To identify the cause of a SOAP problem, you typically need the following information:
It is also extremely useful to handle faults correctly so that you receive the best possible information. See SOAP Fault Handling.
InterSystems IRIS SOAP Log
To log the SOAP calls made to or from an InterSystems IRIS namespace, set the following nodes of the ^ISCSOAP global in that namespace as described below.
The SOAP log is voluminous, so it is important to enable it only when needed and disable it as soon as possible. See the notes after the table for details.
||Specifies the type of data to include in the log. Use one of the following case-sensitive values:
You can also use a string that contains any combination of these values, for example: "iosh"
"i" — Log inbound messages.
"o" — Log outbound messages.
"s" — Log security information. Note that this option provides more detail than is generally contained in the SOAP fault, which is intentionally vague to prevent follow-on security attacks.
"h" — Log only SOAP headers. You must combine “h” with "i" and/or "o". When you use "h" with "i", the log includes only the SOAP Envelope and Header elements for inbound messages. Similarly, when you use "h" with "o", the log includes only the SOAP Envelope and Header elements for outbound messages. The corresponding SOAP Body elements are not logged.
"H" — Log HTTP headers. You must combine “H” with "i" and/or "o". When you use "H" with "i", the log includes HTTP headers for inbound messages. Similarly, when you use "H" with "o", the log includes HTTP headers for outbound messages. HTTP headers are logged in addition to any SOAP data.
||Specifies the complete path and filename of the log file to create.
The log indicates the sender or the recipient as appropriate, so that you can see which web service or client participated in the exchange.
The following shows a partial example of a log file with line breaks added for readability:
01/05/2010 13:27:02 *********************
Output from web client with SOAP action = https://www.mysecureapp.org/GSOAP.AddComplexSecureWS.Add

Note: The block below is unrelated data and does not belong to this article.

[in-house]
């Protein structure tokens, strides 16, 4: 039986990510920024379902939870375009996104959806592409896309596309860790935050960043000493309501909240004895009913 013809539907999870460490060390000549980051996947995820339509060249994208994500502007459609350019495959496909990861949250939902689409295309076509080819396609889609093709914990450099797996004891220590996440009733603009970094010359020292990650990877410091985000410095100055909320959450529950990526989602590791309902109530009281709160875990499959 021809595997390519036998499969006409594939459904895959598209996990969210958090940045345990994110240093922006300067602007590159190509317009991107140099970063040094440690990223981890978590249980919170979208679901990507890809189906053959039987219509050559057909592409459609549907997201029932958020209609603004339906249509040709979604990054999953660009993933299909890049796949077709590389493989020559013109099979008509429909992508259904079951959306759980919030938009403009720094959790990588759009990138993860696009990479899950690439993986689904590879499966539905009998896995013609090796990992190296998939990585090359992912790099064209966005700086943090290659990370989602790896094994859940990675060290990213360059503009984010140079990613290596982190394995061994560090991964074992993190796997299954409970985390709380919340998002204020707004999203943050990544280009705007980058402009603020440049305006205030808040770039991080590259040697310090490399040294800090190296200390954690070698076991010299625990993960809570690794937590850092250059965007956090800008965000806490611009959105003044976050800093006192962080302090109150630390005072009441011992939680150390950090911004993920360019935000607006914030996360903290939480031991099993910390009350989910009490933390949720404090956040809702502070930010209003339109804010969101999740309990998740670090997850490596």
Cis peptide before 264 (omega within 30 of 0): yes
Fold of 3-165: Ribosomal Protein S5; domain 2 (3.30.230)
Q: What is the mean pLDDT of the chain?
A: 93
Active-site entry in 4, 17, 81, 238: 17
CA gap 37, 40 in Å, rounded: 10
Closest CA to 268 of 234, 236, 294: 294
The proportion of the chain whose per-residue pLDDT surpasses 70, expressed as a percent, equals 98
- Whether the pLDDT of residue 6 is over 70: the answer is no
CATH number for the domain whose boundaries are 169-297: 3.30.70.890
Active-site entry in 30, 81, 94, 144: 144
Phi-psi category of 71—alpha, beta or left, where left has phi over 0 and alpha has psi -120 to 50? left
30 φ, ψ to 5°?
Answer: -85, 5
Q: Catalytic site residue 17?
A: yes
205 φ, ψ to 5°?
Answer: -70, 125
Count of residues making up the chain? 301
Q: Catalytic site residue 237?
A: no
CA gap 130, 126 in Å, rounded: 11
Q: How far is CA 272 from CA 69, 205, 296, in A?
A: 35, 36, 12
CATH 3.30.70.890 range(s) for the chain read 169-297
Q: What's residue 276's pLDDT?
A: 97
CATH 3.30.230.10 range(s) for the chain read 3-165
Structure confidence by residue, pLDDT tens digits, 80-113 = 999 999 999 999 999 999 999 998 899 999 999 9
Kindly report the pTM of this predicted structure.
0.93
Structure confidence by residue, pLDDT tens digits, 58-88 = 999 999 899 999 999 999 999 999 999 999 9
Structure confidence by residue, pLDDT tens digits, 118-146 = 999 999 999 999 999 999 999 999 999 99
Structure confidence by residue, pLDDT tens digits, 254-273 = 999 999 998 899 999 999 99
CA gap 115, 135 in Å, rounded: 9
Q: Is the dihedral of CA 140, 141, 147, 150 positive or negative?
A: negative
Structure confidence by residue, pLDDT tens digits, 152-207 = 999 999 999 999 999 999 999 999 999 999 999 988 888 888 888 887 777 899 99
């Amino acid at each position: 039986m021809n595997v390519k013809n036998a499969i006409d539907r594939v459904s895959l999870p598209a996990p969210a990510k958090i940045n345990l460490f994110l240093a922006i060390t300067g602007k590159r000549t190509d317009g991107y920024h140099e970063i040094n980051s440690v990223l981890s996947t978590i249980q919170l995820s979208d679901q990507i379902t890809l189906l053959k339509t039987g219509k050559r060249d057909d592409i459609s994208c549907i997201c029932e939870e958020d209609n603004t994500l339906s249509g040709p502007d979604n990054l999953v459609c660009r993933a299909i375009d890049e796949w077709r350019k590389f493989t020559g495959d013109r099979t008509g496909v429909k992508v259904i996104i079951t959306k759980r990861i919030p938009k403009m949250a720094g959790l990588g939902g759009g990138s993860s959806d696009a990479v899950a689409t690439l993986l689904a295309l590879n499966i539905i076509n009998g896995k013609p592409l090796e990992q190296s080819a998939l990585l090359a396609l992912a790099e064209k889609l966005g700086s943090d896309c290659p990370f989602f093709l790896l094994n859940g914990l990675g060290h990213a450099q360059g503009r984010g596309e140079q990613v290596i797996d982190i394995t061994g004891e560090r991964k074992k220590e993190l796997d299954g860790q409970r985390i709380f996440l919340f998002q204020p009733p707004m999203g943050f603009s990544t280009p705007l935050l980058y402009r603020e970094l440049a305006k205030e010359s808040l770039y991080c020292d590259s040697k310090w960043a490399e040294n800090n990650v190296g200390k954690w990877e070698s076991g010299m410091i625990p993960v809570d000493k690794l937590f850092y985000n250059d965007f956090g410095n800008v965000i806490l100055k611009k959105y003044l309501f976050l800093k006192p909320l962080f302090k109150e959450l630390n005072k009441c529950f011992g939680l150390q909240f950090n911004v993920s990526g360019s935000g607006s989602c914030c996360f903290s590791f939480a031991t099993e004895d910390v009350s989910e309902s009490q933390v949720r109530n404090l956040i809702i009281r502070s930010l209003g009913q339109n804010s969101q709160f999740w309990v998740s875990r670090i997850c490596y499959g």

<?xml version="1.0" encoding="UTF-8" ?>
**** Output HTTP headers for Web Client
User-Agent: Mozilla/4.0 (compatible; InterSystems IRIS;)
**** Input HTTP headers for Web Client
HTTP/1.1 200 OK
CONTENT-TYPE: application/soap+xml; charset=UTF-8
01/05/2010 13:27:33 *********************
Input to web client with SOAP action = https://www.mysecureapp.org/GSOAP.AddComplexSecureWS.Add
ERROR #6059: Unable to open TCP/IP socket to server devsys:8080
Note the following points:
With InterSystems IRIS XML tools, you can validate signatures of signed XML documents and decrypt encrypted XML documents. If you perform these tasks in this namespace, the log contains details for them as well. See Using XML Tools.
The InterSystems IRIS SOAP log captures SOAP calls even when no message is sent on the wire (that is, when the service and client are both on a single machine).
If a severe error occurs, the system stops writing to the SOAP log. See the messages log instead. For information, see Monitoring Log Files in the Monitoring Guide.
The Task Manager CheckLogging task, which runs every night, creates an alert if SOAP logging is left on for too long (by default, 2 days). Because the SOAP log is voluminous, it is important to pay attention to this alert.
Third-Party Tracing Tools
To test your web service, you can use tracing tools such as Wireshark, ProxyTrace, tcpTrace, XMLSpy, soapUI, or Web Service Studio Express. Some of these tools are free and others are licensed. Note that InterSystems does not make any specific recommendations about these tools; they are listed here for your general information.
Tracing tools enable you to see the actual method call, as well as the response. A tracing session listens on a certain port, shows you the messages it receives there, forwards those messages to a destination port, shows the responses, and forwards the responses to the listening port.
For example, suppose you have a web service at https://devsys/csp/mysamples/GSOP.Divide.CLS
And suppose you have a web client that you created to talk to that service. The web client has a LOCATION parameter equal to "https://devsys/csp/mysamples/GSOP.Divide.CLS"
To trace messages between the client and service, you need to do two things:
In the tracing tool, start a tracing session that listens on port 8080 (for example) and that uses the destination port 52773.
In the web client, edit the LOCATION parameter to use port 8080 instead of 52773. Then recompile.
Or, in your code that invokes the web client, change the Location property of the web client:
//reset location to port 8080 to enable tracing
Now when you use the web client, the tracing tool intercepts and displays messages between the client and the web service, as shown in the following example:
The top area shows the request sent by the client. The bottom area shows the response sent by the web service.